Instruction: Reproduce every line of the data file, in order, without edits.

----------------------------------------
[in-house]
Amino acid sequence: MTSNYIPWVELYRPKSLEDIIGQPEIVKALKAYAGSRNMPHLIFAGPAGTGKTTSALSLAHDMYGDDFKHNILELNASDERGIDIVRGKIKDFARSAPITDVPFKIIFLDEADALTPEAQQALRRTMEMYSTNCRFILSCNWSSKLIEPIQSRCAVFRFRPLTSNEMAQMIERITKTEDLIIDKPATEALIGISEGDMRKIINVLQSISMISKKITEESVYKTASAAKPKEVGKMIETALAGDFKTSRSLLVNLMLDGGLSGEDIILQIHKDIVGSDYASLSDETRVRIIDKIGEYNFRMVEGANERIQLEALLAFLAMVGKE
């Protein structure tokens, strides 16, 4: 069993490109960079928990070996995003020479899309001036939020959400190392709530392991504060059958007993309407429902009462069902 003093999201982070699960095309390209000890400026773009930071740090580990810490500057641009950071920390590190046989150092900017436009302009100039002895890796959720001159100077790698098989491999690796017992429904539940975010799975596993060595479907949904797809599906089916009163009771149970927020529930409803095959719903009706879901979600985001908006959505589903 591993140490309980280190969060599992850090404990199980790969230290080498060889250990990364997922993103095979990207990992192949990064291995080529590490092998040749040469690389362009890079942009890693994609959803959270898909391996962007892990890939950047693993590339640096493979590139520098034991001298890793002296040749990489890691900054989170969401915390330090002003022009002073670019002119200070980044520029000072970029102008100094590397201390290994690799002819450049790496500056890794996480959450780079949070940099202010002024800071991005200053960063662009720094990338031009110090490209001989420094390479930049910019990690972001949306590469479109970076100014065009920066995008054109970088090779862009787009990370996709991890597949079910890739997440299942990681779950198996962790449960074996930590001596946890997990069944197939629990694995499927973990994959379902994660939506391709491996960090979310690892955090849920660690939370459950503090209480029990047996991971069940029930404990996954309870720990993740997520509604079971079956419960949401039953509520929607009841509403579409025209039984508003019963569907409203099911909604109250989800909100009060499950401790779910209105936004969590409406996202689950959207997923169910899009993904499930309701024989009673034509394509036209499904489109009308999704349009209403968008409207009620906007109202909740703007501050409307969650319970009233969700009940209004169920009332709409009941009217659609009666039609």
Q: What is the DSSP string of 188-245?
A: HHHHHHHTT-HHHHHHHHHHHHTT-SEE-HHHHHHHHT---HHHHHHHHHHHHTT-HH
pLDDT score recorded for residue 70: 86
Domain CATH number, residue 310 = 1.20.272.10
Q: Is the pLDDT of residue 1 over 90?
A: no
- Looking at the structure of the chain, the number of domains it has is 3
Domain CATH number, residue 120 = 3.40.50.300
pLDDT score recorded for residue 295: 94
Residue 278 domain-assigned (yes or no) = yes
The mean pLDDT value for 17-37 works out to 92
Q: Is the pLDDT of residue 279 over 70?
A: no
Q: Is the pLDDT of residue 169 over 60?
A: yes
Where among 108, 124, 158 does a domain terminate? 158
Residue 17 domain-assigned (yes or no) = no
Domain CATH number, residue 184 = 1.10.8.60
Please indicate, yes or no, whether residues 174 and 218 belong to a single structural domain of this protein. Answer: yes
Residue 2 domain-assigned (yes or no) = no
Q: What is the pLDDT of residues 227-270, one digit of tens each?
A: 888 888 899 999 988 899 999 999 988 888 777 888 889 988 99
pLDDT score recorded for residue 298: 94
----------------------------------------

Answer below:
[in-house]
Amino acid sequence: MTSNYIPWVELYRPKSLEDIIGQPEIVKALKAYAGSRNMPHLIFAGPAGTGKTTSALSLAHDMYGDDFKHNILELNASDERGIDIVRGKIKDFARSAPITDVPFKIIFLDEADALTPEAQQALRRTMEMYSTNCRFILSCNWSSKLIEPIQSRCAVFRFRPLTSNEMAQMIERITKTEDLIIDKPATEALIGISEGDMRKIINVLQSISMISKKITEESVYKTASAAKPKEVGKMIETALAGDFKTSRSLLVNLMLDGGLSGEDIILQIHKDIVGSDYASLSDETRVRIIDKIGEYNFRMVEGANERIQLEALLAFLAMVGKE
């Protein structure tokens, strides 16, 4: 069993490109960079928990070996995003020479899309001036939020959400190392709530392991504060059958007993309407429902009462069902 003093999201982070699960095309390209000890400026773009930071740090580990810490500057641009950071920390590190046989150092900017436009302009100039002895890796959720001159100077790698098989491999690796017992429904539940975010799975596993060595479907949904797809599906089916009163009771149970927020529930409803095959719903009706879901979600985001908006959505589903 591993140490309980280190969060599992850090404990199980790969230290080498060889250990990364997922993103095979990207990992192949990064291995080529590490092998040749040469690389362009890079942009890693994609959803959270898909391996962007892990890939950047693993590339640096493979590139520098034991001298890793002296040749990489890691900054989170969401915390330090002003022009002073670019002119200070980044520029000072970029102008100094590397201390290994690799002819450049790496500056890794996480959450780079949070940099202010002024800071991005200053960063662009720094990338031009110090490209001989420094390479930049910019990690972001949306590469479109970076100014065009920066995008054109970088090779862009787009990370996709991890597949079910890739997440299942990681779950198996962790449960074996930590001596946890997990069944197939629990694995499927973990994959379902994660939506391709491996960090979310690892955090849920660690939370459950503090209480029990047996991971069940029930404990996954309870720990993740997520509604079971079956419960949401039953509520929607009841509403579409025209039984508003019963569907409203099911909604109250989800909100009060499950401790779910209105936004969590409406996202689950959207997923169910899009993904499930309701024989009673034509394509036209499904489109009308999704349009209403968008409207009620906007109202909740703007501050409307969650319970009233969700009940209004169920009332709409009941009217659609009666039609």
Q: What is the DSSP string of 188-245?
A: HHHHHHHTT-HHHHHHHHHHHHTT-SEE-HHHHHHHHT---HHHHHHHHHHHHTT-HH
pLDDT score recorded for residue 70: 86
Domain CATH number, residue 310 = 1.20.272.10
Q: Is the pLDDT of residue 1 over 90?
A: no
- Looking at the structure of the chain, the number of domains it has is 3
Domain CATH number, residue 120 = 3.40.50.300
pLDDT score recorded for residue 295: 94
Residue 278 domain-assigned (yes or no) = yes
The mean pLDDT value for 17-37 works out to 92
Q: Is the pLDDT of residue 279 over 70?
A: no
Q: Is the pLDDT of residue 169 over 60?
A: yes
Where among 108, 124, 158 does a domain terminate? 158
Residue 17 domain-assigned (yes or no) = no
Domain CATH number, residue 184 = 1.10.8.60
Please indicate, yes or no, whether residues 174 and 218 belong to a single structural domain of this protein. Answer: yes
Residue 2 domain-assigned (yes or no) = no
Q: What is the pLDDT of residues 227-270, one digit of tens each?
A: 888 888 899 999 988 899 999 999 988 888 777 888 889 988 99
pLDDT score recorded for residue 298: 94